Opiate Addiction Treatment at MFI Recovery

Addiction comes in many forms, and it ravages lives in different ways—but opiate addiction can be especially treacherous. The drug class known as opiates encompasses everything from prescription painkillers to illicit drugs like heroin—and according to many researchers, represents the fastest growing addiction class in the United States.

For those addicted to opiates, hope and healing can seem distant, even impossible—but they are not. Opiate addiction help is out there, and in fact is available through MFI Recovery. Our program is known for its compassion and its care; for its individualization and for its affordability. Learn more about opiate addiction treatment, and about the options available to those in addiction’s grip.

What Drugs are Considered Opiates?

Opiate drugs have one central, shared characteristic—that is, they depress the body’s central nervous system. Within that basic category, there are a number of substances that qualify as addictive opiates.

As for illegal and “street” drugs, the most common is heroin. More and more, opiate addiction happens because of growing dependence on prescription painkillers. In fact, many major painkillers are now being phased out or used more sparingly than in generations past, as they have been recognized as potentially addictive (and potentially devastating) opiates.

Some of the most common prescription opiates include:

  • Hydrocodone (i.e., Vicodin)
  • Oxycodone (i.e., OxyContin and Percocet)
  • Morphine
  • Codeine
  • Many other, related painkillers and drugs

Opiate Addiction Statistics in the United States

Opiate addiction is an epidemic, and a major public health concern. If you do not believe it, just look to the opiate addiction statistics. According to government research, there are 2.1 million people in the United States addicted to prescription opiates alone; meanwhile, heroin addiction encompasses an additional 467,000.

Signs of Opiate Addiction

Opiate addiction is alarmingly common, then—but not only that, it is also lethal. If your friend or loved one is in the grip of opiate addiction, it is vital that you offer support, encouragement and help—ideally persuading the individual to seek recovery.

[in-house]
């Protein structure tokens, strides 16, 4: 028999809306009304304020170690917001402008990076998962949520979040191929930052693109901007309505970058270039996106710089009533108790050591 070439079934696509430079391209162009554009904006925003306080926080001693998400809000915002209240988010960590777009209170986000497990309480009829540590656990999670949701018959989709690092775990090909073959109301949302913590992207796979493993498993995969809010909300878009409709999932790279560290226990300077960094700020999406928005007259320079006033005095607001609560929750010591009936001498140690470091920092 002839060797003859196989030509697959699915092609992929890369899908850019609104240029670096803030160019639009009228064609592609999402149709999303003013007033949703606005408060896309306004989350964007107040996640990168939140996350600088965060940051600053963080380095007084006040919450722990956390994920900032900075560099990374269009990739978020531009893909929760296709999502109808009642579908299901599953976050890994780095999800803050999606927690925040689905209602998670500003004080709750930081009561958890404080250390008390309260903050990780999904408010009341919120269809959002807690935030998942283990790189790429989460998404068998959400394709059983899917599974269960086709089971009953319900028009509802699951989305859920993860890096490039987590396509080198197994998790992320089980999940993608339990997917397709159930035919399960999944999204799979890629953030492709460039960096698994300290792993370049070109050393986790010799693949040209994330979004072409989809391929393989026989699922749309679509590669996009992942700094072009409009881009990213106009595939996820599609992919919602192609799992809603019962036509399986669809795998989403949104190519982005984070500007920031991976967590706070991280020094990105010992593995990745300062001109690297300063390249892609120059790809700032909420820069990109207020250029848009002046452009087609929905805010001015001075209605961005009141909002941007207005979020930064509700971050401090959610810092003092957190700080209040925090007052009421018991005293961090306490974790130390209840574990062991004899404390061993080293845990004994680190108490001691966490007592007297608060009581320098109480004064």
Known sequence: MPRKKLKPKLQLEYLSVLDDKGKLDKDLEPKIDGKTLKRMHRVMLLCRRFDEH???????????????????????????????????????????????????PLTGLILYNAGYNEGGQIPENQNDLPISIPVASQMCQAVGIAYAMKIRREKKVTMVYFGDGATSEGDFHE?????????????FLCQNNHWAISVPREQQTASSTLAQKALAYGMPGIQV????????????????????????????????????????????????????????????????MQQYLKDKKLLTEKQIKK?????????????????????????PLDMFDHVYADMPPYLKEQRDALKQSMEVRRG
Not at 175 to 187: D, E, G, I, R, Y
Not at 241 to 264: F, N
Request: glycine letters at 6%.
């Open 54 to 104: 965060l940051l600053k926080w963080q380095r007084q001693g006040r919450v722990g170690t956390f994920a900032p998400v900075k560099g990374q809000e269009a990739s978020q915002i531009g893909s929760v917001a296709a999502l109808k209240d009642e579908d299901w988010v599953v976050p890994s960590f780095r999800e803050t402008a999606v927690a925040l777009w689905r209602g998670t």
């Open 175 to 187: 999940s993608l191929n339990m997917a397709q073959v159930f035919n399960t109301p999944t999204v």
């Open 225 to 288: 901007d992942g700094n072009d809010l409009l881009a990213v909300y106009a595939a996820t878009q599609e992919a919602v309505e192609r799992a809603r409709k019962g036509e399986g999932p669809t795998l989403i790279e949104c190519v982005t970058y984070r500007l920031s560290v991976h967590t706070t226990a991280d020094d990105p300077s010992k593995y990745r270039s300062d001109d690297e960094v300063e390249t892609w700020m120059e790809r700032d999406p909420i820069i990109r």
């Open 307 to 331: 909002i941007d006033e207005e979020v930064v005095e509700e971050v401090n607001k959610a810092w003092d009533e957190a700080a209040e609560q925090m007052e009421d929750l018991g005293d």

Some of the signs of opiate addiction—important to know if you want to know how to help someone with opiate addiction—include co-occurring disorders like:

  • Tobacco use
  • Alcohol abuse
  • Cannabis abuse
  • Stimulant abuse
  • Depression
  • Anxiety
  • Sleeplessness and insomnia
  • Antisocial tendencies
  • PTSD
  • Trends toward anger/violence

What are the Side Effects of Opiates?

Some additional opiate abuse side effects include:

  • Psychological symptoms, which might include wild mood swings, euphoria, irritability, depression and major anxiety.
  • Behavioral issues, including large amounts of time spent obtaining opiates or hiding them from friends and family members.
  • Physical symptoms, such as fatigue, constipation, high blood pressure, increased heart rate, decreased appetite, breathlessness, nausea, chest pain and confusion.

The worst-case scenario? Opiate addiction can be fatal—usually when used in an extreme amount or in tandem with other harmful substances.

Inpatient and Outpatient Opiate Detox Centers at MFI Recovery

The road forward for those addicted to opiates is to seek out opiate detox recovery programs, like those available at MFI Recovery’s two opiate detox centers. We proudly offer both inpatient/residential programs and an outpatient program—both of which have the option of detoxing and then moving directly into our intensive, ongoing recovery program.

What Drug is Used to Treat Opiate Addiction

The effects of opiate use are so strong that withdrawal from them can be particularly challenging and even painful—but for many clients, non-habit-forming medications can be administered to mitigate and minimize this pain. The use of Suboxone for opiate detox is especially common, though exact medications and dosages will vary from one client to the next.

How Long is Opiate Detox?

As for the length of the detox process, there is no single answer, as it simply depends on the nature and extent of the addiction, and to the other co-occurring conditions experienced by the client. It can range from a couple days to a few weeks, but ideally the detox period shifts directly into an ongoing period of intensive therapy and recovery.

MFI Recovery Insurance Information

Opiate addiction is serious business, enough so that we do not want to see anyone refuse treatment simply due to an inability to pay. As such, we accept in-network HMO and a variety of other insurance carriers.

Payment Arrangements on Co-Pays and Deductibles

MFI Recovery also accepts private pay and provides financial assistance to those in need; of particular note is the option to go through our detox program and then receive admission to our ongoing, intensive recovery program free of charge. Contact us today about these details.

And above all, make sure you understand the seriousness of opiate addiction—but also that hope is available, for you and your loved ones. Learn more by contacting MFI Recovery today.

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